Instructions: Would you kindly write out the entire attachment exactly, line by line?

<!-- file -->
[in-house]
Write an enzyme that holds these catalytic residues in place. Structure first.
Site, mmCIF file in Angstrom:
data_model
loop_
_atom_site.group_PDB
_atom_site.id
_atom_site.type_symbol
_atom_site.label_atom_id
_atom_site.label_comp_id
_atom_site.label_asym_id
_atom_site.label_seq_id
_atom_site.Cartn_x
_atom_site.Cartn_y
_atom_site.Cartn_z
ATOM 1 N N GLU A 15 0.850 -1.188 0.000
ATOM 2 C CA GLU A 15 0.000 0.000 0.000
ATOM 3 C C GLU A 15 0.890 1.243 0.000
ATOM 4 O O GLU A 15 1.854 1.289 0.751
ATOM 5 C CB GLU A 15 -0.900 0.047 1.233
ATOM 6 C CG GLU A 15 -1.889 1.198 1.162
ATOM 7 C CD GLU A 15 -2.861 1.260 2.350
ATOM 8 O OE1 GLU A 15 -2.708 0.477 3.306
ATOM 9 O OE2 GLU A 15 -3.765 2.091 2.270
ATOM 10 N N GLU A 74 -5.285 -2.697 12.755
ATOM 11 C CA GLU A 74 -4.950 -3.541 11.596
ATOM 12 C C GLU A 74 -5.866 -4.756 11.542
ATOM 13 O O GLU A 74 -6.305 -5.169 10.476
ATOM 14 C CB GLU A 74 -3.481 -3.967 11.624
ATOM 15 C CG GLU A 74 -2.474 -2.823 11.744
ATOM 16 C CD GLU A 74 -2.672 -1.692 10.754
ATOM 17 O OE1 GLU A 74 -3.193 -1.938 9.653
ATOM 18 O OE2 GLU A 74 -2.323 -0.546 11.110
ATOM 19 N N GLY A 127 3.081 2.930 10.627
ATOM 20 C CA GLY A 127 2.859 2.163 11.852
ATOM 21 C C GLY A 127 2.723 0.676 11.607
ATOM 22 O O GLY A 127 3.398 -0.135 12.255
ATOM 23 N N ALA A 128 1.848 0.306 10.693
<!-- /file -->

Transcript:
[in-house]
Write an enzyme that holds these catalytic residues in place. Structure first.
Site, mmCIF file in Angstrom:
data_model
loop_
_atom_site.group_PDB
_atom_site.id
_atom_site.type_symbol
_atom_site.label_atom_id
_atom_site.label_comp_id
_atom_site.label_asym_id
_atom_site.label_seq_id
_atom_site.Cartn_x
_atom_site.Cartn_y
_atom_site.Cartn_z
ATOM 1 N N GLU A 15 0.850 -1.188 0.000
ATOM 2 C CA GLU A 15 0.000 0.000 0.000
ATOM 3 C C GLU A 15 0.890 1.243 0.000
ATOM 4 O O GLU A 15 1.854 1.289 0.751
ATOM 5 C CB GLU A 15 -0.900 0.047 1.233
ATOM 6 C CG GLU A 15 -1.889 1.198 1.162
ATOM 7 C CD GLU A 15 -2.861 1.260 2.350
ATOM 8 O OE1 GLU A 15 -2.708 0.477 3.306
ATOM 9 O OE2 GLU A 15 -3.765 2.091 2.270
ATOM 10 N N GLU A 74 -5.285 -2.697 12.755
ATOM 11 C CA GLU A 74 -4.950 -3.541 11.596
ATOM 12 C C GLU A 74 -5.866 -4.756 11.542
ATOM 13 O O GLU A 74 -6.305 -5.169 10.476
ATOM 14 C CB GLU A 74 -3.481 -3.967 11.624
ATOM 15 C CG GLU A 74 -2.474 -2.823 11.744
ATOM 16 C CD GLU A 74 -2.672 -1.692 10.754
ATOM 17 O OE1 GLU A 74 -3.193 -1.938 9.653
ATOM 18 O OE2 GLU A 74 -2.323 -0.546 11.110
ATOM 19 N N GLY A 127 3.081 2.930 10.627
ATOM 20 C CA GLY A 127 2.859 2.163 11.852
ATOM 21 C C GLY A 127 2.723 0.676 11.607
ATOM 22 O O GLY A 127 3.398 -0.135 12.255
ATOM 23 N N ALA A 128 1.848 0.306 10.693